Apple have long been criticised for charging a premium for their products, making the Mac platform a more costly choice than the alternatives. With the newly released Mac Mini, Apple hope to change this perception, but is there enough Mac in the Mac Mini to make it useful for musicians?
As a computer company, Apple seem to be obsessed with size. When they aren't creating the biggest piece of equipment around, as seen with the recently introduced 30-inch Cinema Display, they're busy developing at the titchy end of the scale as well. Having miniaturised the iPod into the iPod Mini, Apple have now miniaturised the Mac into the Mac Mini, originally announced at this year's Macworld show in San Francisco back in January, ending what has been a 20-year wait for a low-cost Macintosh computer.
The Mac Mini is available in two configurations: one with a 1.25GHz G4 processor and a 40GB Ultra ATA hard drive for £339 and the other with a 1.42GHz G4 processor and an 80GB Ultra ATA drive for £399. Both models offer a 512k Level-2 cache on the processor, a 167MHz system buss, 256MB of PC2700 SDRAM upgradeable to 1GB, an ATI Radeon 9200 graphics processor with AGP 4X and 32MB of dedicated Double Data Rate (DDR) video memory, along with a slot-loading Combo drive capable of reading DVDs at 8x and CD media at 24x speed, and writing CD-Rs at 24x and CD-RWs at 16x speed.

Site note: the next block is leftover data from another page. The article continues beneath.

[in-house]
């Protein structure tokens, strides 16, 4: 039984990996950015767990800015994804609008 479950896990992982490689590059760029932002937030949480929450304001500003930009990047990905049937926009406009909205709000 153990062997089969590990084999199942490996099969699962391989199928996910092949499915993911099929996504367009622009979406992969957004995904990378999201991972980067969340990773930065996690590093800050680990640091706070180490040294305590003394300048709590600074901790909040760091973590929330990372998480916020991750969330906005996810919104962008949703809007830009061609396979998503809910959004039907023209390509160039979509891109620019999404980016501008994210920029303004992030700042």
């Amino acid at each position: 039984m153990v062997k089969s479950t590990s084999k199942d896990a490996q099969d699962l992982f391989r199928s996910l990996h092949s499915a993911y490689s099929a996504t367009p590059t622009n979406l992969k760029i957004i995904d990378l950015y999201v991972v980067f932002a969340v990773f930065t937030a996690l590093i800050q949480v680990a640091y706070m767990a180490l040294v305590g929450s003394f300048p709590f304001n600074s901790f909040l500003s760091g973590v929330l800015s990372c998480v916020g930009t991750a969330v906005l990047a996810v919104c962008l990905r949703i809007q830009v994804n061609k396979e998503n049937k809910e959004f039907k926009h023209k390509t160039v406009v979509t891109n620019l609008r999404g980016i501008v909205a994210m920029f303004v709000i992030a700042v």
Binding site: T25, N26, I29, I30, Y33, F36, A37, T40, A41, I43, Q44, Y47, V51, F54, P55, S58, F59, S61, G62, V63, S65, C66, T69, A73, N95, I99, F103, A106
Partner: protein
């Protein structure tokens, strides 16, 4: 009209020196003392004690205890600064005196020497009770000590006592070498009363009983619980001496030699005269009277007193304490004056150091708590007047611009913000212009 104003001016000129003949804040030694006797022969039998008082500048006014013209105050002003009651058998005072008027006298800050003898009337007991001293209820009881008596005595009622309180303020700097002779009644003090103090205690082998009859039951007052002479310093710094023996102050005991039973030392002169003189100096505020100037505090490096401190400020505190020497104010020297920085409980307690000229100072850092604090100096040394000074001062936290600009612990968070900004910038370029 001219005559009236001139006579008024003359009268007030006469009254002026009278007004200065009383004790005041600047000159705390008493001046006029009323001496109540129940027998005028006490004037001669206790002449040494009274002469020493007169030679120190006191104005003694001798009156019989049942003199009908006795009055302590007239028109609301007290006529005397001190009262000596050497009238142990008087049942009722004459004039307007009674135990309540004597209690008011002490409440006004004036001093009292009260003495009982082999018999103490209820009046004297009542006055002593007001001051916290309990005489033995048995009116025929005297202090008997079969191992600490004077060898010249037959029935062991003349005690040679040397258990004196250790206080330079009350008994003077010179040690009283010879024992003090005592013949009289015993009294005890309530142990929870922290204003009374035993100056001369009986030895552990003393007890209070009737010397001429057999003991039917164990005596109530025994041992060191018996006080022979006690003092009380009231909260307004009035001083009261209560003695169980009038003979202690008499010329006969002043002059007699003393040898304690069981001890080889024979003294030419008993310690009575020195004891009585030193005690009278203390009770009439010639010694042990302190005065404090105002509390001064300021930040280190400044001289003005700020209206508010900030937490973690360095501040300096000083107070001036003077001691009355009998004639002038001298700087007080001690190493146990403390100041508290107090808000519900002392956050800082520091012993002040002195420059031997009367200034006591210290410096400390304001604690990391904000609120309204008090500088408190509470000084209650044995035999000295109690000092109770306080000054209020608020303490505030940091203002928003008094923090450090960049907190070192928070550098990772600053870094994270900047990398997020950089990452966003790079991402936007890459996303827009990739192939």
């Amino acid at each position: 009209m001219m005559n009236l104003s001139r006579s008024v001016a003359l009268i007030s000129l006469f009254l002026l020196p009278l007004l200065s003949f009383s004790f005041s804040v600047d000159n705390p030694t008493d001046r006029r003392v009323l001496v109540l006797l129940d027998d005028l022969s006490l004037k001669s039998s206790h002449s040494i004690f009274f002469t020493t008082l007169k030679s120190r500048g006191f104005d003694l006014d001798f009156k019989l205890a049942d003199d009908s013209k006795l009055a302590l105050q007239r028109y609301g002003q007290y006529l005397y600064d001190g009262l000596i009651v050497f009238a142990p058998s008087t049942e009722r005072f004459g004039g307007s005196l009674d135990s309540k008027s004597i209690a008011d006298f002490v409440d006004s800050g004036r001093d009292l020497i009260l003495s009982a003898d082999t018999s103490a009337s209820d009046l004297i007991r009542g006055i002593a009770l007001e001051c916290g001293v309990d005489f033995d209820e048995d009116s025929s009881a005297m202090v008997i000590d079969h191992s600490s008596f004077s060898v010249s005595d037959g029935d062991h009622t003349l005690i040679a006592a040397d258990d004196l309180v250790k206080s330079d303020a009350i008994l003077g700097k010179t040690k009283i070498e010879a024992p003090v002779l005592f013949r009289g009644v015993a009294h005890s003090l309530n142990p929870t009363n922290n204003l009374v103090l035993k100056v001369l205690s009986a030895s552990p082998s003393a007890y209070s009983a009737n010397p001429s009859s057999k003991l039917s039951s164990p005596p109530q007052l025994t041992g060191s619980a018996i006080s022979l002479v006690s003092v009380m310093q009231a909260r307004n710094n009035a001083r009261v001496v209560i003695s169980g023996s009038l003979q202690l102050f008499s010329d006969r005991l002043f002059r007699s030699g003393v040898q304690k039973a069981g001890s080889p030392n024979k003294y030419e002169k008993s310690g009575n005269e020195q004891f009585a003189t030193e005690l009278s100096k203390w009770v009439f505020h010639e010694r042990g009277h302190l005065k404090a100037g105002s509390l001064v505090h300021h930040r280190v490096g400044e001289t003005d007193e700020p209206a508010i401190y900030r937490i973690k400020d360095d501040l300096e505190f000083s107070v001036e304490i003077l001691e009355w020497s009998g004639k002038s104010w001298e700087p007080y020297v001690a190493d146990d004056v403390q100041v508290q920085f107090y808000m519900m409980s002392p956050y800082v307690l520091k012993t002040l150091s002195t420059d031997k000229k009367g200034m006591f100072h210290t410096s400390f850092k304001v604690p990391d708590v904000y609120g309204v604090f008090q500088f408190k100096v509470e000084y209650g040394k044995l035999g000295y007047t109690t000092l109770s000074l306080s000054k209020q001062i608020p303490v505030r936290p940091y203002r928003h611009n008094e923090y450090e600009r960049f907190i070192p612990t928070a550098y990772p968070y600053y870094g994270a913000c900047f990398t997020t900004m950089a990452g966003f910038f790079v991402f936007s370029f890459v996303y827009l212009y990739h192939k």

In terms of connectivity, the Mac Mini offers one Firewire 400 port, two USB 2.0 ports, a headphone output mini-jack, a modem, 10/100 Ethernet, and a DVI port. That the Mac Mini has a DVI port is actually pretty neat, and while Apple supply a DVI-to-VGA adaptor, the Mac Mini is capable of driving LCD monitors with a resolution of up to 1920 x 1200; or, in other words, a 23-inch Apple Cinema Display. For wireless networking, the Mac Mini is compatible with Apple's Airport Extreme cards, and there's also a build-to-order Bluetooth option. It's worth pointing out that another 'feature' that puts the Mini into Mac Mini is the lack of keyboard and mouse. This is obviously a cost-cutting move as well, although because the Mac Mini's target market is partly those Windows users who might just want to add a Mac to their system, Apple justify it by reasoning that those buyers will already have a spare keyboard and mouse sitting around.